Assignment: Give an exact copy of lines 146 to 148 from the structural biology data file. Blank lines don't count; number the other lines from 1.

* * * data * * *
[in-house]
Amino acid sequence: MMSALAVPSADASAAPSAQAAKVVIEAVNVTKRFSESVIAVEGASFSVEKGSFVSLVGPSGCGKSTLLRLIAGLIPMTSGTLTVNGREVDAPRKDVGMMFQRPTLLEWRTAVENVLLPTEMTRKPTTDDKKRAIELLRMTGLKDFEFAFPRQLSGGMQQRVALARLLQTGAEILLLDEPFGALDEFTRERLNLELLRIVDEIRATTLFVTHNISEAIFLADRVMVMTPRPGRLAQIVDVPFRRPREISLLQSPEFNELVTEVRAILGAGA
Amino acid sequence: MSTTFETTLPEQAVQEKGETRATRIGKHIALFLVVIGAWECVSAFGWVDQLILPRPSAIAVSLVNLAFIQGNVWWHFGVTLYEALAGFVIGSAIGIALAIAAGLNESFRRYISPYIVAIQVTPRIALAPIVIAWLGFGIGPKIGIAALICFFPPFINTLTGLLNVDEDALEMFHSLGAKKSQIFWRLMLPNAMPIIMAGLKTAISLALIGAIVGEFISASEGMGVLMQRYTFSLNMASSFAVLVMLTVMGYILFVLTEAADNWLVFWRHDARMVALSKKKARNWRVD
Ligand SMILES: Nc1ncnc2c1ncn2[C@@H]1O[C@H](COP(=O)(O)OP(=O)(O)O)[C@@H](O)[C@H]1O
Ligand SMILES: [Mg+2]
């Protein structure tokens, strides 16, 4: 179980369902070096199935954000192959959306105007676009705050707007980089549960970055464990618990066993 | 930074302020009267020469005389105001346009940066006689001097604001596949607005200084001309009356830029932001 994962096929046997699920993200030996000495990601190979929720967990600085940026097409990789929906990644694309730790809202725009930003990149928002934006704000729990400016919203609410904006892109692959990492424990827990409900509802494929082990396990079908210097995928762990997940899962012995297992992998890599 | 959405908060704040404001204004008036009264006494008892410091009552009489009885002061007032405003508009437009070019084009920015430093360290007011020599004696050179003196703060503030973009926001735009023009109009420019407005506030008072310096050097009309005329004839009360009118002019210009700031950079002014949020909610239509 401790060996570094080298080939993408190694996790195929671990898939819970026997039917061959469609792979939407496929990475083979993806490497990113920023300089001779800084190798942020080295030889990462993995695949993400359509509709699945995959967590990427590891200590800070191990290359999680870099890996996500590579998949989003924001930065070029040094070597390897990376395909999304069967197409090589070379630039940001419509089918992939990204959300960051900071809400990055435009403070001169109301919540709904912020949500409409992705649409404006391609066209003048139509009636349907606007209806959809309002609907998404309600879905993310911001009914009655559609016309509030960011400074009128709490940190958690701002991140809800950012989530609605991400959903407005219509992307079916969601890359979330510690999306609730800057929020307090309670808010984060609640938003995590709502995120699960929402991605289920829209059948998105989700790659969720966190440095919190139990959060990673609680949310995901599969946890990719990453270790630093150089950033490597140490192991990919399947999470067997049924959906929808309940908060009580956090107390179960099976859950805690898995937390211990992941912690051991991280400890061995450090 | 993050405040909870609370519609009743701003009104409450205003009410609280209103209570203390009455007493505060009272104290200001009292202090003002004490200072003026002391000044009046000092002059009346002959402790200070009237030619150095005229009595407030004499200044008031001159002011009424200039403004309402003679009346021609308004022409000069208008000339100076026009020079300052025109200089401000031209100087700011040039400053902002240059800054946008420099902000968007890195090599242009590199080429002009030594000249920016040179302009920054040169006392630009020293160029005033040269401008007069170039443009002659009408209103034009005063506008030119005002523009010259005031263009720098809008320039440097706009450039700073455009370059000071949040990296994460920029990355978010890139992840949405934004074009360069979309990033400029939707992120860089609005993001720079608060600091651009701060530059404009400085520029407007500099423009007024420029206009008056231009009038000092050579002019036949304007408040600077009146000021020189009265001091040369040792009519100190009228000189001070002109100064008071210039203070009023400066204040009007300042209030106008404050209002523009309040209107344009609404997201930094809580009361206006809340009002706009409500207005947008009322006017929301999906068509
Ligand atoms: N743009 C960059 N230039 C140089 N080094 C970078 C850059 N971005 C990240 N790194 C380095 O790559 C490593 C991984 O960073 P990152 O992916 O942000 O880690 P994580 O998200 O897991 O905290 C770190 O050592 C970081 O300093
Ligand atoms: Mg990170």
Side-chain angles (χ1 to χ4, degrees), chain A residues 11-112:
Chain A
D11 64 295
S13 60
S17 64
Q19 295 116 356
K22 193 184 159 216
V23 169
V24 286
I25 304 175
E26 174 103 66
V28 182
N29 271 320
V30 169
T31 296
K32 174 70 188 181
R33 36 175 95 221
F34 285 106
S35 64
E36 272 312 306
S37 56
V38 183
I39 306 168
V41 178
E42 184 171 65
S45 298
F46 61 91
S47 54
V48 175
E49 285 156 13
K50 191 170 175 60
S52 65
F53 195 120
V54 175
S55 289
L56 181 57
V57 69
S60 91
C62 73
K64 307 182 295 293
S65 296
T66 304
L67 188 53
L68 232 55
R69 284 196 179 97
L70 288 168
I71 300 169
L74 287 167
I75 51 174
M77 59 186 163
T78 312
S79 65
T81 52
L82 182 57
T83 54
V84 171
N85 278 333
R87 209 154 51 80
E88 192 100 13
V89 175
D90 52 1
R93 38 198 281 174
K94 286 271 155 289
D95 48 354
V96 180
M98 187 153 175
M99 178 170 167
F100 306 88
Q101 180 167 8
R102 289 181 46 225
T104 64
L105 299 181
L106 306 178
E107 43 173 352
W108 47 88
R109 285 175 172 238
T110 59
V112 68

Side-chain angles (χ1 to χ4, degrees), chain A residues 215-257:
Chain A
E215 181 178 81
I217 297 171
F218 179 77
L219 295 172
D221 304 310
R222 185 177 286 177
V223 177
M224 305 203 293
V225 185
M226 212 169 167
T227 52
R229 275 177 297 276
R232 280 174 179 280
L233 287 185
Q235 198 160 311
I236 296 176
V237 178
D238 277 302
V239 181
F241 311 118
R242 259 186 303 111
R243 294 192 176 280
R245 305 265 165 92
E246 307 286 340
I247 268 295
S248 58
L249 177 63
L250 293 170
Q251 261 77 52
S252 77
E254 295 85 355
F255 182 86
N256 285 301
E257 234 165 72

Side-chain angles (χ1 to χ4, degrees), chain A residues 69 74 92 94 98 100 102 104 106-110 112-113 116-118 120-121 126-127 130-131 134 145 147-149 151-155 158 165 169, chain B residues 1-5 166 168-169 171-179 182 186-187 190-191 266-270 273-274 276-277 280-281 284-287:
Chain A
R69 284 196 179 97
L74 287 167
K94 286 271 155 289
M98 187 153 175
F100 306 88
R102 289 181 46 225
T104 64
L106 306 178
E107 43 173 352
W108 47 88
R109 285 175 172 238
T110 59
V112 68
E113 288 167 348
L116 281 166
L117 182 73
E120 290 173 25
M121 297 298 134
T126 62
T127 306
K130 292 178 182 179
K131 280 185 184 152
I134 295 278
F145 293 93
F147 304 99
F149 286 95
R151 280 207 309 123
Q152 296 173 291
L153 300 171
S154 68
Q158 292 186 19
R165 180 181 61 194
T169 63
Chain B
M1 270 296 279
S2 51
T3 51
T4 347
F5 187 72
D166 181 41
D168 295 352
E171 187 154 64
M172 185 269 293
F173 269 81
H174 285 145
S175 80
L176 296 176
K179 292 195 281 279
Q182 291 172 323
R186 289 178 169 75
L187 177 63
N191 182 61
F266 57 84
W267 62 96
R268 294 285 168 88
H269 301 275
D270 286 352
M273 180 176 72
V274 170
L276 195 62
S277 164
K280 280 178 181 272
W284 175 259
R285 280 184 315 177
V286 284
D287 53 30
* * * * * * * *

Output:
K131 280 185 184 152
I134 295 278
F145 293 93